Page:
Tuesday, November 22, 2011

Cheats and frauds

From Fox 5/AP:

The U.S. Department of Agriculture is upgrading technology used to combat a swindle of the nation's $64.7 billion food stamp program that diverts as much as $330 million annually.

The goal is to decrease food stamp trafficking, where retailers trade customers lesser amounts of cash for stamps. Authorities say the stamps are then redeemed as usual by merchants at face value, netting them huge profits.

The practice is a federal criminal offense. Authorities say the crime has brought 597 convictions nationwide and recovery of $197.4 million since 2008.

From the NY Post:

As the state looks to root out Medicaid abuse, the office charged with investigating fraud in the program has shrunk to just four people.

The state Office of the Welfare Inspector General is half the size it was in 2007 and about a third its size of a decade ago.

There are just two special investigators left on staff — down from six in October 2007.

OWIG handled 217 investigations in 2007 but merely 109 last year.

From the NY Post:

The State Liquor Authority is cracking down on tax-dodging city bodegas that smuggle cases of beer in from New Jersey.

A growing number of local shop owners load up their vans and trucks with beer from Jersey discounters to save nearly $6 a case in fees and taxes.

From Metro:

The city announced yesterday that it is suing a Manhattan smoke shop that allows patrons to roll their own cigarettes, only days after a Queens man was arrested for allegedly selling thousands of counterfeit, untaxed cigarettes.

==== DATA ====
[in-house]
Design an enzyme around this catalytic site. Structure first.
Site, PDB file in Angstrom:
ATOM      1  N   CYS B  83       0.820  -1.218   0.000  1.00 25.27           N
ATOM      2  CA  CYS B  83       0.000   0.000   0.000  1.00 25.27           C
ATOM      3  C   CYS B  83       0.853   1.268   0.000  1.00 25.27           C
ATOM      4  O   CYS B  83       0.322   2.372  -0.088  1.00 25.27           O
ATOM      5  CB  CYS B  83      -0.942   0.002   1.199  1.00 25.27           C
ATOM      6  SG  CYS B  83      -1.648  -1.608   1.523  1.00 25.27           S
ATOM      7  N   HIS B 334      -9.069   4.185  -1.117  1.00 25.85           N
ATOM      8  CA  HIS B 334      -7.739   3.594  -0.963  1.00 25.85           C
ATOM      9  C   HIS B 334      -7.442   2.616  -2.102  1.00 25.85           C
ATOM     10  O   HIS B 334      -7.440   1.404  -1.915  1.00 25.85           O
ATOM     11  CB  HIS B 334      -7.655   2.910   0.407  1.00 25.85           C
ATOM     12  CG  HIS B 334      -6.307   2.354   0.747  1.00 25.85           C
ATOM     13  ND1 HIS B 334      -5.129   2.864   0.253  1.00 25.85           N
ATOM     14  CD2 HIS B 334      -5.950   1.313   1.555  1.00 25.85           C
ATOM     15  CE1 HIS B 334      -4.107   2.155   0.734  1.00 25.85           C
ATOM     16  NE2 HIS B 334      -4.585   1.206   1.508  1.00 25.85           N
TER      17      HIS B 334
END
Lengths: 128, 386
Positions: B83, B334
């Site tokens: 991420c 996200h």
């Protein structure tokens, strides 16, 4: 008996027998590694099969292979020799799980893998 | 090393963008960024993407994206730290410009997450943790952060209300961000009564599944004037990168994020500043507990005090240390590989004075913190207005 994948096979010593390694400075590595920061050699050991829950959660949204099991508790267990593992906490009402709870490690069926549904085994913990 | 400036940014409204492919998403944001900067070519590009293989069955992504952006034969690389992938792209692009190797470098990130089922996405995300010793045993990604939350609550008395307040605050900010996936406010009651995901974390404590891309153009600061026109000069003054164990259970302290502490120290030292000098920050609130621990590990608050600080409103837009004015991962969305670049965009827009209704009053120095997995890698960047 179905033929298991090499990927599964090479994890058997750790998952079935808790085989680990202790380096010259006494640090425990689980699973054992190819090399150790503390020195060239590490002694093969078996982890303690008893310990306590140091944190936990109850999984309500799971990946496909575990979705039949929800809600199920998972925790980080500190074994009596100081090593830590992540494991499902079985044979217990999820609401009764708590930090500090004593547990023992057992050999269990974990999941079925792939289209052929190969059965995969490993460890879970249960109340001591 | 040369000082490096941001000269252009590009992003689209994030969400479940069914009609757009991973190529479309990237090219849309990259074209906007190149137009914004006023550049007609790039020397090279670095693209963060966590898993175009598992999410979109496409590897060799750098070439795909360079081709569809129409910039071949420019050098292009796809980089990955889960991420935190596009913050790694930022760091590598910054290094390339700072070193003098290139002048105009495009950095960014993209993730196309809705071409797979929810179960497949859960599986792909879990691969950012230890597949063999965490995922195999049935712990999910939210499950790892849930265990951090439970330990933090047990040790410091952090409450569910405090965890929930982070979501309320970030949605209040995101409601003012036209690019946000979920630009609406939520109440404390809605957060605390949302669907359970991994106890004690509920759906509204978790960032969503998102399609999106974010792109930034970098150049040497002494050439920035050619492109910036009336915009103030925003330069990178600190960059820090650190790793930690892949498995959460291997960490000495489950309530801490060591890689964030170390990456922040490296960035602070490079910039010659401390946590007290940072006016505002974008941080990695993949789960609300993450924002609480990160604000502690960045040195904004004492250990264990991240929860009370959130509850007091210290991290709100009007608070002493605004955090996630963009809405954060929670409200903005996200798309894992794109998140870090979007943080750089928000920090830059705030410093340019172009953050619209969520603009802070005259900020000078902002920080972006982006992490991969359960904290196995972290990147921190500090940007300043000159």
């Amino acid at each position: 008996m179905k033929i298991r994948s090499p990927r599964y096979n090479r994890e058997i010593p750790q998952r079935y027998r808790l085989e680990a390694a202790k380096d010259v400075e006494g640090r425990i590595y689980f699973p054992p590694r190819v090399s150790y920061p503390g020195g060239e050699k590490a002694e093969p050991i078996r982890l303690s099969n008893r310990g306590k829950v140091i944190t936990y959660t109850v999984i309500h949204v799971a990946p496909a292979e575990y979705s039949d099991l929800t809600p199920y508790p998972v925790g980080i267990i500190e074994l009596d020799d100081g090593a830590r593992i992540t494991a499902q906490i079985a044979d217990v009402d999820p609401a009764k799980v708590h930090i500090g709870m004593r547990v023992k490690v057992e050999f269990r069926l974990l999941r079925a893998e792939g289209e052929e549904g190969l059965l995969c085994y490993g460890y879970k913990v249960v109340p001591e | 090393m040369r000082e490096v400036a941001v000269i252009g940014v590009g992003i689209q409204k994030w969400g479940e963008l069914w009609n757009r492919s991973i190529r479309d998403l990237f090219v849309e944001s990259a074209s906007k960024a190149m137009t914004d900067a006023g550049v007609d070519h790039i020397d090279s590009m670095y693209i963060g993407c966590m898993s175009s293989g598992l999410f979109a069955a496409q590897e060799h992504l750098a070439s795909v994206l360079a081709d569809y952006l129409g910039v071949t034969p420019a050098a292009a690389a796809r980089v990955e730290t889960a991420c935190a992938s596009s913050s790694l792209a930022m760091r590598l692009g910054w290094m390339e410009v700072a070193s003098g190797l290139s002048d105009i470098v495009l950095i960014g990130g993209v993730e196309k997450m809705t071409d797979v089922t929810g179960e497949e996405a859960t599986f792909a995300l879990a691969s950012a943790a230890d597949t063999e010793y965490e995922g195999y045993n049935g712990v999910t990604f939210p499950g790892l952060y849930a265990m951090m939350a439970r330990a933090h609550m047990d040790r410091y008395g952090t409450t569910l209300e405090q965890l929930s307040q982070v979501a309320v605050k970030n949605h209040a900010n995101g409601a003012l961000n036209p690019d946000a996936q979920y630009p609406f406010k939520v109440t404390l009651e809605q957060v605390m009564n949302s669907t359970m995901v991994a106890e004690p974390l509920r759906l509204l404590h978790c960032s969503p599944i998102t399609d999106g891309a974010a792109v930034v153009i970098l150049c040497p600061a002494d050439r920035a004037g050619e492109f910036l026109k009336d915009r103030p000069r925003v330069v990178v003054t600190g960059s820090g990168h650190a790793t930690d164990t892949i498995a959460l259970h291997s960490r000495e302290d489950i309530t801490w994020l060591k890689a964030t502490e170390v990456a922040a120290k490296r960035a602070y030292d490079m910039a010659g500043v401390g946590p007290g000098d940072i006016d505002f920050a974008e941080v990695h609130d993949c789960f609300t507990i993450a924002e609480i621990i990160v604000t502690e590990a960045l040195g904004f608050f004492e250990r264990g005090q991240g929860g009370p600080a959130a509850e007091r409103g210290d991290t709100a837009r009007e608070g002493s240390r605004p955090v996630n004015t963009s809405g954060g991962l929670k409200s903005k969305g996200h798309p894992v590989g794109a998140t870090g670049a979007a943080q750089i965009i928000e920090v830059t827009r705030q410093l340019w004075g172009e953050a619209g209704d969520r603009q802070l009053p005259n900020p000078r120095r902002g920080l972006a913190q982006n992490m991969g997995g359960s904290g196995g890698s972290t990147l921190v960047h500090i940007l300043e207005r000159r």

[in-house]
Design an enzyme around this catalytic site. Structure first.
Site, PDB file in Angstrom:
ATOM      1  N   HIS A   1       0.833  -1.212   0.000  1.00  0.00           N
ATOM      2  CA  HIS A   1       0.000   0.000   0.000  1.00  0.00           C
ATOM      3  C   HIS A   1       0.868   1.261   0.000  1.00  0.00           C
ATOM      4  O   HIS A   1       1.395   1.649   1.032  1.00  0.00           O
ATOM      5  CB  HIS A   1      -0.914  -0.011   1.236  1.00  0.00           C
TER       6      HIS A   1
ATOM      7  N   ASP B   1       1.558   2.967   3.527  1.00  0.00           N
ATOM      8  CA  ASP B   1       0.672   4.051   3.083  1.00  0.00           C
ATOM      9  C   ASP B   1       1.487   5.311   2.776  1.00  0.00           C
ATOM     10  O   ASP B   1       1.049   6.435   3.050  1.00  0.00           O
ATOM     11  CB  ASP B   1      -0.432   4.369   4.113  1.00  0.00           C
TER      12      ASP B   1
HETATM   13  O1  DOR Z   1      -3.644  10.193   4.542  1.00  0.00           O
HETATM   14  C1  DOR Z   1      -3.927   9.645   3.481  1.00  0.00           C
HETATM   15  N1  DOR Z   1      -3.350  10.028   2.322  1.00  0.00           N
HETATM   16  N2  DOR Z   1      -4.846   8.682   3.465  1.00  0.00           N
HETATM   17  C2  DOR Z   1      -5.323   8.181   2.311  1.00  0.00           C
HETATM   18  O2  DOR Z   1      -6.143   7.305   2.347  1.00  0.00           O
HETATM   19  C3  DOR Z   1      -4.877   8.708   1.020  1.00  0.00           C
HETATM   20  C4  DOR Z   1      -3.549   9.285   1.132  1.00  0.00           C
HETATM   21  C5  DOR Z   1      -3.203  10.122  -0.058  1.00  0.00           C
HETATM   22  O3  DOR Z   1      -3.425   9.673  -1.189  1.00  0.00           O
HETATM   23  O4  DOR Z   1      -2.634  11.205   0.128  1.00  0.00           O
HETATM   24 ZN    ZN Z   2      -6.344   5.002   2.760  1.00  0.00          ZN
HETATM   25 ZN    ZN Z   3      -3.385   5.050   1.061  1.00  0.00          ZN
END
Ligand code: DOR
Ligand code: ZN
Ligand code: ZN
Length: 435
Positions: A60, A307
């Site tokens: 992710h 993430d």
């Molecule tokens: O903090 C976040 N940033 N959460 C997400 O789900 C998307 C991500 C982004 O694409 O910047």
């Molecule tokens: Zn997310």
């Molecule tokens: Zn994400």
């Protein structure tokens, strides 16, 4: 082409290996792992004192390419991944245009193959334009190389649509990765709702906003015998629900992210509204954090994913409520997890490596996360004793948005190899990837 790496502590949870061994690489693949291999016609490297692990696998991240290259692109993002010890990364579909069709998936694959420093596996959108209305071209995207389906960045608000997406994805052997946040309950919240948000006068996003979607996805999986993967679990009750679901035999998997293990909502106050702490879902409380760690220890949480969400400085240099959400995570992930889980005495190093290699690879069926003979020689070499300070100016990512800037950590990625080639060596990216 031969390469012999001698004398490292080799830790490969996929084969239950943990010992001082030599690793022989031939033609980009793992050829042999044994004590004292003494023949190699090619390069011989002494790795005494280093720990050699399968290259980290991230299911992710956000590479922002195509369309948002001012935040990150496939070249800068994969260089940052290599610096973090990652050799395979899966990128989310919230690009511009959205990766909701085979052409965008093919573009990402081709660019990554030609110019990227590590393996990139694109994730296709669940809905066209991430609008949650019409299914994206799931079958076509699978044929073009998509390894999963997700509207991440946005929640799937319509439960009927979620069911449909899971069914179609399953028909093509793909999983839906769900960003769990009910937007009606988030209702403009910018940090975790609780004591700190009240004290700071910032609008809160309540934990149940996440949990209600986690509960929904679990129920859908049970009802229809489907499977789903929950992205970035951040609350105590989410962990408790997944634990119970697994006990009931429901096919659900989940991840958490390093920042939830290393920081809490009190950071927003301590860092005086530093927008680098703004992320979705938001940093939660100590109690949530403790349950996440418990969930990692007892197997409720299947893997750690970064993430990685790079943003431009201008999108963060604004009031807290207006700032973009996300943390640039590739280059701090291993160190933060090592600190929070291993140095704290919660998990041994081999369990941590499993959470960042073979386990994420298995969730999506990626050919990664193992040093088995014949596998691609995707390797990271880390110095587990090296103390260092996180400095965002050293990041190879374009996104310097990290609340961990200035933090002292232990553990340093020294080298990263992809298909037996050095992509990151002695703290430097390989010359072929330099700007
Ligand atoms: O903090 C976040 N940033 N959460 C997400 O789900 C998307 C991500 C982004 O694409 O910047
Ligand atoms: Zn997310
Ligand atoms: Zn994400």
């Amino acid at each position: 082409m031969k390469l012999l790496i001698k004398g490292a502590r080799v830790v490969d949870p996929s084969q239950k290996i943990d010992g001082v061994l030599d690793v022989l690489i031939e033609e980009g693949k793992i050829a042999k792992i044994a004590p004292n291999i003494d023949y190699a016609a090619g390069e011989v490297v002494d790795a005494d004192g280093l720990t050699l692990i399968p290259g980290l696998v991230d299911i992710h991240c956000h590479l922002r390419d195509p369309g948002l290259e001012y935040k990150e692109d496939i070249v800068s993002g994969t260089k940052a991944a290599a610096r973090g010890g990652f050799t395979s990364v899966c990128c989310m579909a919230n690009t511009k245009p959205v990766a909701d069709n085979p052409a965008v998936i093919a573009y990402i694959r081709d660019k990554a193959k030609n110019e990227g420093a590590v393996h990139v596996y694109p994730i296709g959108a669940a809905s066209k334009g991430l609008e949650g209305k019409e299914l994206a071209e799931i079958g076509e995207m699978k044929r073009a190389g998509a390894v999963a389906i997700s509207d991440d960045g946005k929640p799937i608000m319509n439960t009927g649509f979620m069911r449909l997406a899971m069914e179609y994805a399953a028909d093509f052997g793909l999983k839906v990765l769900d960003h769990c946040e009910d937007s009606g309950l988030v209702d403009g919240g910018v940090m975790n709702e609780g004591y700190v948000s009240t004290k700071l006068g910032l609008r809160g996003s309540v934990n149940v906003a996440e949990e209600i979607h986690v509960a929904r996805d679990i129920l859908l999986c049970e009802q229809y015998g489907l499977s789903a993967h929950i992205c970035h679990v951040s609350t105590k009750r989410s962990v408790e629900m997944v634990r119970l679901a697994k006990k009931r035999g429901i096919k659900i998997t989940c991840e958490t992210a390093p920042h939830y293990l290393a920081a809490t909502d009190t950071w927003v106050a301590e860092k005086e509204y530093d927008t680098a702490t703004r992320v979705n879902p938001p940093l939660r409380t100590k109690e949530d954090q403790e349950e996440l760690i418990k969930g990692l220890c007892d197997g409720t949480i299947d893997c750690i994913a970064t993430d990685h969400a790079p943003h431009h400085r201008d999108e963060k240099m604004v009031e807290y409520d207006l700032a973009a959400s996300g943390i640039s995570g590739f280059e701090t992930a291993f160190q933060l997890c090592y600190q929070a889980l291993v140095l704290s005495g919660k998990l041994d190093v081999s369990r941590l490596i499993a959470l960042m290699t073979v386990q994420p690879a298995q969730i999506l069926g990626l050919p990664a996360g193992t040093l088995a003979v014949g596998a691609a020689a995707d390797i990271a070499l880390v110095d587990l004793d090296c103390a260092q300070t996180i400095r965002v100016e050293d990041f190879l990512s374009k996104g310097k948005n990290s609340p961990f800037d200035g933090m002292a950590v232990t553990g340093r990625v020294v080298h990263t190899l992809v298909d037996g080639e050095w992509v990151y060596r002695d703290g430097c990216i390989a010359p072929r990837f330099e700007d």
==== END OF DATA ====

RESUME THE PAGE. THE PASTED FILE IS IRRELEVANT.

New York has filed suit against Island Smokes, a Chinatown-based shop that city officials say evades cigarette taxes by providing customers with tobacco, rolling papers and access to machinery that rolls their cigarettes for them.

“They are trying to get around the law by claiming they’re not in the business of selling cigarettes when they clearly are,” said Mayor Michael Bloomberg.

Island Smokes argues that they don’t sell manufactured cigarettes and therefore cannot be taxed.

The suit comes after the Queens district attorney office filed charges against Abdus Shahed, 31, on Friday and confiscated 5,000 cartons of cigarette from his home in Woodside, Queens. Officials also found $96,000 in cash there. Nearly 2,000 of those cartons were counterfeit, officials said.

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